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The 7 Most Important Things a Compliance Officer Must Know to Be Smart About Information Governance

Want to know whether something’s a fad or an actual trend? Keep tabs on the job requirements being posted for positions related to the issue you’re investigating! Companies tend not to want to throw money at things they don’t believe have traction, so if they’re asking for it, chances are it’s real.

This is precisely the case where compliance meets information governance, as an increasing number of job postings include language that speaks to both of these disciplines. So if you’re looking to enhance your career prospects in either one, then you may find the following bits of painfully-gained wisdom to be especially useful as organizations seek people with these twin skillsets.

  • Compliance begins with information access, for without it, monitoring and reporting simply can’t happen. Done properly, big parts of the job include conducting spot-checks to ensure people are doing what they’re supposed to be doing, reading reports of possible or actual violations, and reviewing the corrective actions taken – but none of this is possible without the ability to connect to siloed document repositories, or to read workflow logs, or to otherwise keep an eye on things.
  • To that end, be aware that your organization probably has groups within it that you don’t even know about – as well as groups that don’t know about you! We see it all the time, and the result is that it makes casting the necessary “broad net” nigh impossible (until or unless something bad happens). So it is important to go manager by manager and inventory who does what with which pieces of information. Only then might you catch wind of a significant majority of what’s going on.
  • More technology doesn’t equal better compliance – in fact, it can exacerbate the problem by creating information and technology siloes. Piecemeal efforts to overlay governance on disjointed stacks usually just complicate the implementation, monitoring, and enforcement of standard practices, and actually work at cross-purposes to what you set out to do.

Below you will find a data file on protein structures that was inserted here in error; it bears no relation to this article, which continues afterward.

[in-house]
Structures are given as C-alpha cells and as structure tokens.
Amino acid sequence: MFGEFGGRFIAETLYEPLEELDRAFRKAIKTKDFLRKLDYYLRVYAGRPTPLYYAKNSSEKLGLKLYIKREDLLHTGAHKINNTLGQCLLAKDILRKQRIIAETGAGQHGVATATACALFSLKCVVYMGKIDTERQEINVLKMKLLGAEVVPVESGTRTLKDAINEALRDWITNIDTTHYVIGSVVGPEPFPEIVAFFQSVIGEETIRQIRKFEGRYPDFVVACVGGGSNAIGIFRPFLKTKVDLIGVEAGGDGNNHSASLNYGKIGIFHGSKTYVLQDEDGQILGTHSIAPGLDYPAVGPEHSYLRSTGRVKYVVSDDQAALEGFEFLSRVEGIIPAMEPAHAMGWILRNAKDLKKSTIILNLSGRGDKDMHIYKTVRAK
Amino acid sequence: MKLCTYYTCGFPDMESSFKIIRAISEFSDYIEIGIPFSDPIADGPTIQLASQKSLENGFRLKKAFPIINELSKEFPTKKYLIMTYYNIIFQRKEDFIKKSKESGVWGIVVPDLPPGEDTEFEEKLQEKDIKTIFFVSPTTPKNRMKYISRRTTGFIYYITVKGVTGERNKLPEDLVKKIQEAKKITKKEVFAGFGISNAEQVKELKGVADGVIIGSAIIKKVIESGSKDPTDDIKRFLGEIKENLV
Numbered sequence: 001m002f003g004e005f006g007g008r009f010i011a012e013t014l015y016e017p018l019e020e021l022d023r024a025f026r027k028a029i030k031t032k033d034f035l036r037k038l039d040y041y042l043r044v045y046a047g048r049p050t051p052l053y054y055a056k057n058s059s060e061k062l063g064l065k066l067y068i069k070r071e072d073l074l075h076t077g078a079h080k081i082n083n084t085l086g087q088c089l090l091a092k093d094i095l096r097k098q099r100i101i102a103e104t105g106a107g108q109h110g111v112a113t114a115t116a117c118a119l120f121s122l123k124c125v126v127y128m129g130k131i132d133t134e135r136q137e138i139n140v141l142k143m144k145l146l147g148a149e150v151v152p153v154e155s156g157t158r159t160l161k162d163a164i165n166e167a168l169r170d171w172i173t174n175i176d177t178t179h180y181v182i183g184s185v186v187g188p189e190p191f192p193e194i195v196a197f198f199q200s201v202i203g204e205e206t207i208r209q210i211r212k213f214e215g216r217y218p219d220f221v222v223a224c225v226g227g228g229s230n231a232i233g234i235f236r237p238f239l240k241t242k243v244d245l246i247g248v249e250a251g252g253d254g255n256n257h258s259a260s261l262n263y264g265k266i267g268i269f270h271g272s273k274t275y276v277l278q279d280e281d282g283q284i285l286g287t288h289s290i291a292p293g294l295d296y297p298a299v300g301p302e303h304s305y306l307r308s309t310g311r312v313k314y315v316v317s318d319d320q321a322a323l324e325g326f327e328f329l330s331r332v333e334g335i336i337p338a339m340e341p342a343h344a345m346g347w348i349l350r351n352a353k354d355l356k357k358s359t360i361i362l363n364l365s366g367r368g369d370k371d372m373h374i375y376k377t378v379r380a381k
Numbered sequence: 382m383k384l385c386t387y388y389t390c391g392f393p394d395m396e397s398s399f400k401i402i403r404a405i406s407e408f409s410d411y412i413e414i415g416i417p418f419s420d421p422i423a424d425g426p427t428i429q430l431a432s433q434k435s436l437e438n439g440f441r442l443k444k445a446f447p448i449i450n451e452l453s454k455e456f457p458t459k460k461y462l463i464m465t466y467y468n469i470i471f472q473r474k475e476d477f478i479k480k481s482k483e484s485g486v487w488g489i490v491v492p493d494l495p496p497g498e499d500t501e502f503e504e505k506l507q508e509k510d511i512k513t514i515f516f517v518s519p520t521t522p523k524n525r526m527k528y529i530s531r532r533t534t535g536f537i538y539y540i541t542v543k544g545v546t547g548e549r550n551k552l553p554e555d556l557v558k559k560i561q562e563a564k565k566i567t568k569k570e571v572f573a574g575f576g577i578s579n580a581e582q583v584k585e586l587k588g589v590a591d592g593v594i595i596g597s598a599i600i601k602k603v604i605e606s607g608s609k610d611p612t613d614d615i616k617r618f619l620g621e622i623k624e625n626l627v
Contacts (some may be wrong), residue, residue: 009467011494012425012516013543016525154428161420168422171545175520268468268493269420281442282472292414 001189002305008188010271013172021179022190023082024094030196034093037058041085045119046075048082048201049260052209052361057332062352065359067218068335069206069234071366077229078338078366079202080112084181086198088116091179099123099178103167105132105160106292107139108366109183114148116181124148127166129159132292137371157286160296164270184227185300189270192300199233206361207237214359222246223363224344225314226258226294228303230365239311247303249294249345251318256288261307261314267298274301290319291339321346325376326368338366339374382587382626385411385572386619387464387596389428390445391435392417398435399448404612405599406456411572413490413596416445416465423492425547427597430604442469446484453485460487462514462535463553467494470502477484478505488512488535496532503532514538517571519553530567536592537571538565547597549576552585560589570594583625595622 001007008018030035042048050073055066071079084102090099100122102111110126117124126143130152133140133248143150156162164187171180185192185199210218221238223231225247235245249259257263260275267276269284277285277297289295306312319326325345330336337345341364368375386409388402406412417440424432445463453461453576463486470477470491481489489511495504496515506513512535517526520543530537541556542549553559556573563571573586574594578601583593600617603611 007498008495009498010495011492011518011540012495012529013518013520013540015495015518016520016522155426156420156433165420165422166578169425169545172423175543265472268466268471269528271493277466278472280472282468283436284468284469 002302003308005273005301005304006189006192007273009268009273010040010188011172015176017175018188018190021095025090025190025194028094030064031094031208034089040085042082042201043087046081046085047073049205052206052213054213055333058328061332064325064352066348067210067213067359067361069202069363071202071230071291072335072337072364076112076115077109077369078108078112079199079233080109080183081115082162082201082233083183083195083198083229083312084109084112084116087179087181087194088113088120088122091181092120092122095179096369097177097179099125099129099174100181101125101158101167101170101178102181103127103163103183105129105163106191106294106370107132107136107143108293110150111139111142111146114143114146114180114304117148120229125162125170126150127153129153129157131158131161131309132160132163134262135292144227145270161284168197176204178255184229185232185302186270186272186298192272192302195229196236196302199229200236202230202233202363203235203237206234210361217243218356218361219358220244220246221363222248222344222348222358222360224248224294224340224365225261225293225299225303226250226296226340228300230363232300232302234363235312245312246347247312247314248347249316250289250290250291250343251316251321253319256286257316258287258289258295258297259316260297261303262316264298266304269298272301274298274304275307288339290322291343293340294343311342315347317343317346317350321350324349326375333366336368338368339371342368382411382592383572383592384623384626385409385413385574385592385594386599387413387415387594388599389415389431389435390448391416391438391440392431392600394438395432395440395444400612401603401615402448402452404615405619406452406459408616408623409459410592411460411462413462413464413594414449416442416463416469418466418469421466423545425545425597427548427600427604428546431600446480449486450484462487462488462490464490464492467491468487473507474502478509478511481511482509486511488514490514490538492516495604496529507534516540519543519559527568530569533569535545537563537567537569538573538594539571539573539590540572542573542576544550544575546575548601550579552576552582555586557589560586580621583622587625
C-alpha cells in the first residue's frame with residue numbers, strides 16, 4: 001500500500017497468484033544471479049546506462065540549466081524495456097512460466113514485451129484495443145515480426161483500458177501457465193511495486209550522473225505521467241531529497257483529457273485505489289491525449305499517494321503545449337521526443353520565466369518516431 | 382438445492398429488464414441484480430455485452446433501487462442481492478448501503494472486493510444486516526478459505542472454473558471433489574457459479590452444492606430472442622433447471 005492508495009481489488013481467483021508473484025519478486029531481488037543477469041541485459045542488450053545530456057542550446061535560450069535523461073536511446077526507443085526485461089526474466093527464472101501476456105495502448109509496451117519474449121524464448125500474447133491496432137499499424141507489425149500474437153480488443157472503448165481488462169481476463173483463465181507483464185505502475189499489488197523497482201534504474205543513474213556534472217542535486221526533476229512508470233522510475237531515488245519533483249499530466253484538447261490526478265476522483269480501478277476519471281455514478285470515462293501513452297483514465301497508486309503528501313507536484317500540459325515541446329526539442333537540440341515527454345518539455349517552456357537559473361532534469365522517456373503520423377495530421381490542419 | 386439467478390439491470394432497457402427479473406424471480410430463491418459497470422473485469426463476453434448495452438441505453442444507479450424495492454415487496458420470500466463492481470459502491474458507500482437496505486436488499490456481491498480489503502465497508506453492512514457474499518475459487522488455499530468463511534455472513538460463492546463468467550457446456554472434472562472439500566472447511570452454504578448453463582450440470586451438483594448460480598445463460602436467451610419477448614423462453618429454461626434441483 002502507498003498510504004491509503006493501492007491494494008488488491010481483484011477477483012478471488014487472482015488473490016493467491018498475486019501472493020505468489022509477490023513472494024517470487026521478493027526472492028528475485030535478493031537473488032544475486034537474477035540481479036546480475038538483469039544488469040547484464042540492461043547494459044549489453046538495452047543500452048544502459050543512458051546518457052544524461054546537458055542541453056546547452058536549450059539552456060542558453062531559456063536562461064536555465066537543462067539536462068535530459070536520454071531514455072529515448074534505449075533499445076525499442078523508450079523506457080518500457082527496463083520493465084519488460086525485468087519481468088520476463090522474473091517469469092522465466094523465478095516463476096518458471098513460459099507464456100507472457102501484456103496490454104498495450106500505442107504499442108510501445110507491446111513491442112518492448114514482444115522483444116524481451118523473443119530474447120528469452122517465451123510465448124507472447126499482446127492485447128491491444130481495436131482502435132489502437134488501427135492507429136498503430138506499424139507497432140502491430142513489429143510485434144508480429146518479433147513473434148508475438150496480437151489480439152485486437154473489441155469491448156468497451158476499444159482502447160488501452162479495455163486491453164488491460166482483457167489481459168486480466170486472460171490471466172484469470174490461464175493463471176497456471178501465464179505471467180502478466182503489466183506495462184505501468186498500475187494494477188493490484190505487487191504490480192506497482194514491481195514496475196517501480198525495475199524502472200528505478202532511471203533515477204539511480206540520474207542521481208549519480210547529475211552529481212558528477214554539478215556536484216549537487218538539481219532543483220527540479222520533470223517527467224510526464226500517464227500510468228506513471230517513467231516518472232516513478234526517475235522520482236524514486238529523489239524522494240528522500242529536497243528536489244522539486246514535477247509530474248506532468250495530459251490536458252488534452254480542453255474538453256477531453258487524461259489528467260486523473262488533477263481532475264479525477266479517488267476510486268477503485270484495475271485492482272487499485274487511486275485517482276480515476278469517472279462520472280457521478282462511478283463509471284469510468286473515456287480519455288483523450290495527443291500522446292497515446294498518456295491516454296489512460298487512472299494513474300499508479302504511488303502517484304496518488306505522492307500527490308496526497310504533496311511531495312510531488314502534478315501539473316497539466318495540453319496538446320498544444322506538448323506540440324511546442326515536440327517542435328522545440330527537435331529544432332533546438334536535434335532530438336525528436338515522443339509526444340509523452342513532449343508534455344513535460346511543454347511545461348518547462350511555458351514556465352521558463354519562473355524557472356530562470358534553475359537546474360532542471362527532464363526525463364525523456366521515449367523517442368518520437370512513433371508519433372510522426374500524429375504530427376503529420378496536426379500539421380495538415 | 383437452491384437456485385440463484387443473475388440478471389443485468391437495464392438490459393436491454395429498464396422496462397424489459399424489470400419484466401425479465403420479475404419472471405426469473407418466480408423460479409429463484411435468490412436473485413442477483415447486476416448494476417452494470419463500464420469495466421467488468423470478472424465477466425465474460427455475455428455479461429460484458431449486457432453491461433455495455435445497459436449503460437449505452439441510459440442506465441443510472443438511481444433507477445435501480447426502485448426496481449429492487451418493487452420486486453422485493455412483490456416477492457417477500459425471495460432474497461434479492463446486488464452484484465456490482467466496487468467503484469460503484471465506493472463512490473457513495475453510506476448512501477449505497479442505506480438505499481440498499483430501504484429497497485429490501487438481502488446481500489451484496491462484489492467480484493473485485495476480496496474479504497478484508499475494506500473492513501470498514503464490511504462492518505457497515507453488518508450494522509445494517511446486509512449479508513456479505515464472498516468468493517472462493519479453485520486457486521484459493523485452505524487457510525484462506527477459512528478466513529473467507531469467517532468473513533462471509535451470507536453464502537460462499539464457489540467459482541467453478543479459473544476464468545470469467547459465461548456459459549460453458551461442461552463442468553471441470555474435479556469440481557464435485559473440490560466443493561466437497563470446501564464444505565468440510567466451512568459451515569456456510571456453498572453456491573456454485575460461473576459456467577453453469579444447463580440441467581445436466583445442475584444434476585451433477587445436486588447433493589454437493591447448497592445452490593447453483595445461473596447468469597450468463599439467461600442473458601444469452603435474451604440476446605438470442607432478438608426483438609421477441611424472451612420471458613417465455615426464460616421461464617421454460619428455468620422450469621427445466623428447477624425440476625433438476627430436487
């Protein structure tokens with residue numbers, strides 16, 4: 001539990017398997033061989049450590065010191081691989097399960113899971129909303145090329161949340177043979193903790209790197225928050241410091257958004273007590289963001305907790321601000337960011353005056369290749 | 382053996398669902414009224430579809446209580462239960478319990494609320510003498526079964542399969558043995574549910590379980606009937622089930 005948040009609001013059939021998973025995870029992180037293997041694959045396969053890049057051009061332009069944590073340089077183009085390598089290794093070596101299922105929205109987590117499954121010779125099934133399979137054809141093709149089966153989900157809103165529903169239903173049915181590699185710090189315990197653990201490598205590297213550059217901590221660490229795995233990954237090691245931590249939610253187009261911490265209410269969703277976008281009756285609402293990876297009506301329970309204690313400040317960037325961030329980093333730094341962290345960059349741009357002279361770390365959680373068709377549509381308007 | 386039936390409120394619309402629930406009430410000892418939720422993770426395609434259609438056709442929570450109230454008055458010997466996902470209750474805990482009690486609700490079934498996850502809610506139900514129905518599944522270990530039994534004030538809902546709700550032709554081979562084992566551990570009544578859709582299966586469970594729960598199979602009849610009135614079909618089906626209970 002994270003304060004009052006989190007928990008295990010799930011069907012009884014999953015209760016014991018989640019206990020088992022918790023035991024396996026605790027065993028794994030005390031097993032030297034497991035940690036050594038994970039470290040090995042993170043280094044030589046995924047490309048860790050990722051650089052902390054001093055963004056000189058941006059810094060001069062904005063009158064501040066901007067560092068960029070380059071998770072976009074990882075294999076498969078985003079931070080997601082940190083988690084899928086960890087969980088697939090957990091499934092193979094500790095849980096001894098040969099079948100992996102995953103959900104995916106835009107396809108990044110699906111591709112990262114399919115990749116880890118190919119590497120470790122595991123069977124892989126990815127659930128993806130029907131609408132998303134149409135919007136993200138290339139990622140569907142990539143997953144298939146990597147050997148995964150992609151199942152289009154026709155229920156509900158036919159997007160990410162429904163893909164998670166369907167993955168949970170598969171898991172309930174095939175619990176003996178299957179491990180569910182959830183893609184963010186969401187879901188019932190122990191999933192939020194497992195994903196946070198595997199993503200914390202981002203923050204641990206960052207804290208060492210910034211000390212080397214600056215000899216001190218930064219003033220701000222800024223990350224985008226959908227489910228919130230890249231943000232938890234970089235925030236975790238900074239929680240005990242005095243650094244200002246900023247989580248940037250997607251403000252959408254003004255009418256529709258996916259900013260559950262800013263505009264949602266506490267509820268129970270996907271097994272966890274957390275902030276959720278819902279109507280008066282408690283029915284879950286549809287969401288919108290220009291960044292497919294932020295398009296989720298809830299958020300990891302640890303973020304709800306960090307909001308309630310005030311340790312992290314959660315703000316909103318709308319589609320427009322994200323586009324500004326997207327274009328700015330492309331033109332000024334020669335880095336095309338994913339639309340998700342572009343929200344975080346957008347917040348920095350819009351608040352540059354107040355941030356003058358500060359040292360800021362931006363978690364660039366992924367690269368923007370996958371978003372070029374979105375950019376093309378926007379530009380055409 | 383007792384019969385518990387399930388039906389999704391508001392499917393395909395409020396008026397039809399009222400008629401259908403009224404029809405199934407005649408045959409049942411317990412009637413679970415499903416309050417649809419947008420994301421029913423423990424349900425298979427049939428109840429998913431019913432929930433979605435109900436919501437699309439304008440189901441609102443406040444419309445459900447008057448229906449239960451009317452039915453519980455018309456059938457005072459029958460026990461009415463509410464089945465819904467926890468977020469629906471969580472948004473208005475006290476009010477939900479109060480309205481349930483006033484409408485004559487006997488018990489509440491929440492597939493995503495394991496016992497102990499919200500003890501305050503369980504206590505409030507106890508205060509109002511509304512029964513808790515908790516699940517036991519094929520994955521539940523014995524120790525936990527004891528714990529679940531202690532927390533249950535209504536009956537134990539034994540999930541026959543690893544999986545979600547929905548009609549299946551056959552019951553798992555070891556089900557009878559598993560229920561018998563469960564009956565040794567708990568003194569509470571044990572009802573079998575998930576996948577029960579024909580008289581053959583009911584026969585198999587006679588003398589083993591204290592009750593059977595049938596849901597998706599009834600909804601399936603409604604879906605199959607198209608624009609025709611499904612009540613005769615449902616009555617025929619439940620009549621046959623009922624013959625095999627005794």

• Still, standard procedures are a must. Allowances can and should be made for departmental variations in, say, vocabulary or administrative business process. But these should be baked into the overarching program, not left to evolve on their own, lest they corrode the order and discipline you are seeking to install and thereby give auditors a convenient stick to beat you with.
  • Trust but verify. However strongly your managers affirm their commitment to supporting your compliance initiative, be sure to keep tabs on how well they are sticking to the protocols you develop. Because compliance is not their job, it’s likely to be one of the first things to be let go when their project deadlines loom and other pressures mount.
  • If a document exists, it’s subject to audit. Never mind that the original paper is long forgotten in a dusty box on the back stairs of the basement annex, or an archive of backup tapes contain copies going back years – if there’s a serious enough inquiry, someone will find it, and your organization could be penalized for not producing it when demanded.
  • It also doesn’t matter whether that document is on paper or electronic, or what electronic format it’s in, or which system it’s housed in. Rather, it’s the nature of the content itself that determines whether or not it’s part of the compliance conversation.

These are my top 7 – what would you add?

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